Being optimists, investors want to hear the good news. What's going to propel their stocks forward? What is their company's competitive moat? Many investors simply don't want to hear, or can't handle, the ugly truth about the companies they own.

That's not me. I want to know what can go wrong with my stocks. If my money's on the line, I don't want to be blindsided. When I crack open a company's annual report, the section on risks is one of my first stops. It's the dumping ground for companies to lay out all the things that could go wrong with their business.

Out of harm's way
Regardless of which side you happen to be on, the safety of U.S. soldiers in Iraq, Afghanistan, and other military hot spots has to concern you. The danger from improvised explosive devices (IEDs) remains high. Often triggered by electronic signals sent by the enemy, they remain one of the leading causes of U.S. casualties.

Applied Energetics (Nasdaq: AERG), known until recently as Ionatron, has been contracting with the U.S. military to develop some high-tech methods to defeat IEDs. Through proprietary systems -- what it calls laser guided energy (LGE) and laser induced plasma channels (LIPC) -- Applied Energetics seeks a seemingly futuristic use of lasers to guide a high-voltage electrical charge to defuse or detonate IEDs.  

It has received a number of contracts over the past few years to develop these "Star Wars" type systems. A year ago it got a $9.8 million contract from the Navy to support development of both the LGE and LIPC systems. That was followed by a $2.1 million Army contract, a 24-month contract from the Army Research Office, and $1 million from the Defense Department's Joint Improvised Explosive Device Defeat Organization (JIEDDO). It delivered a prototype to the Navy for evaluation.

Improvised reality
While there's a large "gee-whiz" factor when looking at Applied Energetics' technology, "futuristic" could also aptly describe the actual deployment of the systems. Sure, there have been a number of contracts, but they are for research and development. There's no product in production yet.

The laser company lives and dies by its government contracts, which comprise virtually all of its $12 million in 2007 revenue. Any change of heart by the Defense Department, and the largesse will dry up for Applied Energetics.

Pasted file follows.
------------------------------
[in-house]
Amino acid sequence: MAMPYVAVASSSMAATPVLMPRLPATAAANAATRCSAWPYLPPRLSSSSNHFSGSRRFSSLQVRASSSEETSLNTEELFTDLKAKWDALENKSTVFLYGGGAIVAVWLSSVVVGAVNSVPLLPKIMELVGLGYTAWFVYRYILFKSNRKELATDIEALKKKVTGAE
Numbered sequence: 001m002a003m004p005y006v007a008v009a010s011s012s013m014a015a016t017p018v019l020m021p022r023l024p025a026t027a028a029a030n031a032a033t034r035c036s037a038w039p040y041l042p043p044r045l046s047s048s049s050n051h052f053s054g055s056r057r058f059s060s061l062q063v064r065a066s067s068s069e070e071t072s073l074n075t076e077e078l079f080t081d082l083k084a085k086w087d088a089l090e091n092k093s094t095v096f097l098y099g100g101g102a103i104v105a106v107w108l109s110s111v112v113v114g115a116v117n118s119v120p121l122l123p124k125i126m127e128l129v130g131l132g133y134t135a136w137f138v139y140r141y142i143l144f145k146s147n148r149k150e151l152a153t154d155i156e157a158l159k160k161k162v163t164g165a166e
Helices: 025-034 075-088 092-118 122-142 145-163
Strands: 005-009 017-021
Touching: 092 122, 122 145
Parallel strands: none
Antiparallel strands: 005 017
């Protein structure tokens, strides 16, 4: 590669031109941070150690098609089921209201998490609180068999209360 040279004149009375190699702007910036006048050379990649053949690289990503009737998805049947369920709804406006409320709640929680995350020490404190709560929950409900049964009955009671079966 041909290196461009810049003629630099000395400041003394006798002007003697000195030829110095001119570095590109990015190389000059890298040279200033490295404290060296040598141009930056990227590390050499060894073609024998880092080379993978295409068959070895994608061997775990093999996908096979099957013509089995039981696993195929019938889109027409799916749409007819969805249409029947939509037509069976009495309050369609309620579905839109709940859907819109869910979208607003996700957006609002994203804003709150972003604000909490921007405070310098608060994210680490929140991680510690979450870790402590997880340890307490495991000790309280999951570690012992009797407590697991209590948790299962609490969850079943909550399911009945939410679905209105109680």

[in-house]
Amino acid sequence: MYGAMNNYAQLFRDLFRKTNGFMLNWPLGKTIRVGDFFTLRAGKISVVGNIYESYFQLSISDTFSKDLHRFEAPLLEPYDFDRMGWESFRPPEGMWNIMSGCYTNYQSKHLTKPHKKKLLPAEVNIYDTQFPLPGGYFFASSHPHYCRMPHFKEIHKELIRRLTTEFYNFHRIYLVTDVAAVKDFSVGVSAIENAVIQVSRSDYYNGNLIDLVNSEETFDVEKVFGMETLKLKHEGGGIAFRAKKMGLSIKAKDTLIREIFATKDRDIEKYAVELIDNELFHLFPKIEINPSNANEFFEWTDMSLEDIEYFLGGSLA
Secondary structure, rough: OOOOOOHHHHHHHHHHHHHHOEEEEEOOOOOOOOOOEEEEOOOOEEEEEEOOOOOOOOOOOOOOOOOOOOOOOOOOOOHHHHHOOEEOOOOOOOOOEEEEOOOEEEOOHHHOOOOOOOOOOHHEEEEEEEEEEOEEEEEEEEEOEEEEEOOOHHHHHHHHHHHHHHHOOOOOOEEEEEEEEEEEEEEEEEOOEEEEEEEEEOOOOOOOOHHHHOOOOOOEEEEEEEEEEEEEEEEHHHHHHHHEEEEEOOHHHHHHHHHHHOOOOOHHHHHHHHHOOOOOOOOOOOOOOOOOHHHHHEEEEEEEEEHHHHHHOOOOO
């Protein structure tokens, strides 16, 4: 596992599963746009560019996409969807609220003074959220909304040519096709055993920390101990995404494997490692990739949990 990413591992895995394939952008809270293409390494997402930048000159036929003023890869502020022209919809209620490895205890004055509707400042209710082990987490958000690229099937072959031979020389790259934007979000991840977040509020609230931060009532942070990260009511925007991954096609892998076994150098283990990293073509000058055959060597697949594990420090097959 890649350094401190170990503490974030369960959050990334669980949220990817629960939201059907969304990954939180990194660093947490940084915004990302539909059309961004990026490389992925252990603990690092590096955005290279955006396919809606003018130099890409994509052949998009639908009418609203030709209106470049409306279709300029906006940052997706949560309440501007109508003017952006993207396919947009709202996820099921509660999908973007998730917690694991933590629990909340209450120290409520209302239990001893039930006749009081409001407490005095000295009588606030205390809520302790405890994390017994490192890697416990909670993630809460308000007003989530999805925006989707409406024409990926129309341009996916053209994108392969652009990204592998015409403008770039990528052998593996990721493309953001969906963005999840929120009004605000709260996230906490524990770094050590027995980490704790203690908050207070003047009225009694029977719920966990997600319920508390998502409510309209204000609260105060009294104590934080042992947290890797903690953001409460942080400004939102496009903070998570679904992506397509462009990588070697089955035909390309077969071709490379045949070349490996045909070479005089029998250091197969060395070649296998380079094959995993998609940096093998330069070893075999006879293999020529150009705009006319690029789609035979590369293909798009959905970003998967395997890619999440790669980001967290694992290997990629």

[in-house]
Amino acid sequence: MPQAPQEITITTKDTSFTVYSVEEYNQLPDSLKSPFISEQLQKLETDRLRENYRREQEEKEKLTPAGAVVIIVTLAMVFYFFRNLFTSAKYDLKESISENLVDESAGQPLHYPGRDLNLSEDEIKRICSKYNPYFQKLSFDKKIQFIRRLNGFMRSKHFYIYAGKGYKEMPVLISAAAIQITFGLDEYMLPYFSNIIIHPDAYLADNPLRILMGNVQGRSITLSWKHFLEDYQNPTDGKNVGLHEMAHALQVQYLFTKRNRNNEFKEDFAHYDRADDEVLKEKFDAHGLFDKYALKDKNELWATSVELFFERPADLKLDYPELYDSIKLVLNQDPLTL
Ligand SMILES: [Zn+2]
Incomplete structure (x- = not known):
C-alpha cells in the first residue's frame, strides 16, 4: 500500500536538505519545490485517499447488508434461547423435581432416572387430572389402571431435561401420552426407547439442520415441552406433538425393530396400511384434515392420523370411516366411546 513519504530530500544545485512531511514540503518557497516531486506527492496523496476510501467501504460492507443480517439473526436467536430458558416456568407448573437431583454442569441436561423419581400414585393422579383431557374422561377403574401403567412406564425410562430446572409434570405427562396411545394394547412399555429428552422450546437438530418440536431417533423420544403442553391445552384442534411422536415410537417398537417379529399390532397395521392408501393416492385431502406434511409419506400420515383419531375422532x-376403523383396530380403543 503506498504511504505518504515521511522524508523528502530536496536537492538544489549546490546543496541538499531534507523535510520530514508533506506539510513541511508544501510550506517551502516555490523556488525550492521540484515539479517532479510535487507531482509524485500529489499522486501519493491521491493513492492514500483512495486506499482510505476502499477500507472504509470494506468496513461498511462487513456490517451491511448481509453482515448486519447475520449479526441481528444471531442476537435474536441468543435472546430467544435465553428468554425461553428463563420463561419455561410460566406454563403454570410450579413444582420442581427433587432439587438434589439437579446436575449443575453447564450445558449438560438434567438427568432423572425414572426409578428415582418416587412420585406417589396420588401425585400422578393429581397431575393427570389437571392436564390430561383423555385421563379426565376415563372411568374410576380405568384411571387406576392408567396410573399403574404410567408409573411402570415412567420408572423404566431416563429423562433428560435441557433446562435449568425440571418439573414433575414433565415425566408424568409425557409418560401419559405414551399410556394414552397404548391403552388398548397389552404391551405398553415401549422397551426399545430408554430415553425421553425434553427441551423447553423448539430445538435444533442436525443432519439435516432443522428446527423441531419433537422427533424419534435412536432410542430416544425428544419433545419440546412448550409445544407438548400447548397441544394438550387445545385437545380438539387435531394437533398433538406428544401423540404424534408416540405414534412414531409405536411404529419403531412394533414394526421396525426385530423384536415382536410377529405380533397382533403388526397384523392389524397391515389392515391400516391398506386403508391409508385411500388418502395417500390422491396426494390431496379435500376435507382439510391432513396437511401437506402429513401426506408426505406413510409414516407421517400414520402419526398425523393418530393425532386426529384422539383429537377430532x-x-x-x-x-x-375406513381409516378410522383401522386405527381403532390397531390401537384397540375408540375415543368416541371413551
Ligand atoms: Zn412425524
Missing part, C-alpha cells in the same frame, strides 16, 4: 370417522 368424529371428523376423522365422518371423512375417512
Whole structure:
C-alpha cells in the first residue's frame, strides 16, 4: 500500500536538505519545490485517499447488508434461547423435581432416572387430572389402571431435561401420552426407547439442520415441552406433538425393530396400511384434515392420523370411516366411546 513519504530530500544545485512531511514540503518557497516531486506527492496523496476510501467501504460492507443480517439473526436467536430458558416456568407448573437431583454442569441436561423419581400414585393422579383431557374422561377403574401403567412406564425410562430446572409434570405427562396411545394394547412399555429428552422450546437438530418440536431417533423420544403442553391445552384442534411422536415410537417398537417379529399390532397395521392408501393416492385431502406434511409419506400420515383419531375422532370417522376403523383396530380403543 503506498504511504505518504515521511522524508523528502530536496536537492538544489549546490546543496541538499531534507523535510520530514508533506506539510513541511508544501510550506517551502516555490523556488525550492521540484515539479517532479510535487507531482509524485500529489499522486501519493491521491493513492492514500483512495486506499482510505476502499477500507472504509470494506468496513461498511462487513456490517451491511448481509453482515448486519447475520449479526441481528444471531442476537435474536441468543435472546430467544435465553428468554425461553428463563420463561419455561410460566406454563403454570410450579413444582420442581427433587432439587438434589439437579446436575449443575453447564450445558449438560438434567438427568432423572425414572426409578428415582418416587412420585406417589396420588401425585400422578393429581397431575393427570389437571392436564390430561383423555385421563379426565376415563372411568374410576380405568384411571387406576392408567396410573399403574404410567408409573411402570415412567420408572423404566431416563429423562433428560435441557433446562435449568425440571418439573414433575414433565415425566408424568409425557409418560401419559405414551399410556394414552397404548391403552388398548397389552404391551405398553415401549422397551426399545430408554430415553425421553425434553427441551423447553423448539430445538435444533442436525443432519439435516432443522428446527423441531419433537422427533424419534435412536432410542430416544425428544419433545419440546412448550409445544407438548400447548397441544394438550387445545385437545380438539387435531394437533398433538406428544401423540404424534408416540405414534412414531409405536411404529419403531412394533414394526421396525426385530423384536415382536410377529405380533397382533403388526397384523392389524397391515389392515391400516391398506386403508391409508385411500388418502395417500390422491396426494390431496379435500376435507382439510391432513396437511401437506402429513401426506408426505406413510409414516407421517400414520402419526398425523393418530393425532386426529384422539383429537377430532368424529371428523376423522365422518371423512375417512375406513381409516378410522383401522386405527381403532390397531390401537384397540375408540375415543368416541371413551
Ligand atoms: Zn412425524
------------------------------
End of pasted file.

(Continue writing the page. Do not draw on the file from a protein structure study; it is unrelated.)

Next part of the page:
That's not totally far-fetched. JIEDDO, for example, has a proposed $4.4 billion budget for 2008, but its critics say it is willing to latch onto any high-tech solution at the expense of lower cost, low-tech ideas. In fact, some in the field contend that JIEDDO is adopting technology that does the same thing as C-4 explosive, but at greater cost. Should Congressional budgeters agree, it might spell the end of many such programs.

And even making it through the labyrinth is no easy task. JIEDDO estimates that over the past two fiscal years, it received 1,335 proposals for counter-IED systems and funded 349. Of those, 12 have become institutional military programs. The likelihood that an Applied Energetics system will make it through that maze is slim at best.

Joining the club
The problem with LGE, LIPC, and other such systems is that they are only effective once a device is located. And the military already has lots of technology at its disposal to defuse or detonate an IED once it's been found.

Alliant Techsystems (NYSE: ATK) deployed a prototype microwave generator to defeat IEDs in 2005, and a Humvee outfitted with a solid-state laser from privately held Sparta back in 2003. Boeing (NYSE: BA) is testing a similar device. One of the more effective methods the military has in the war against IEDs is signal-jamming, which stops militants from detonating the devices. As far back as 2003, the military invested heavily in the Warlock radio systems made by ITT (NYSE: ITT) subsidiary EDO.

While there may always be a need for this technology, if troop deployment in Iraq begins to wind down, the perceived need for the technology will wane as well. Investors need to consider that political reality.

During its years as Ionatron, the company was seemingly active in promoting itself through business news and press releases. At times, it has been involved in transactions that might have disproportionately benefited insiders. In February, for example, it spent $2.2 million to purchase property it formerly leased from family members of the company's founder and other insiders. With Applied Energetics' stock beaten down, investors should use caution if they think the company's dealings look too good to be true.

Foolish final thoughts
There's no perfect stock. Foolish investors would do well to know a company's flaws before committing money. There's nothing to say that the potential problems identified above will come to pass for Applied Energetics, but Fools can do right for themselves by knowing what can go wrong.

Fool contributor Rich Duprey does not have a financial position in any of the stocks mentioned in this article. You can see his holdings here. The Motley Fool has a disclosure policy.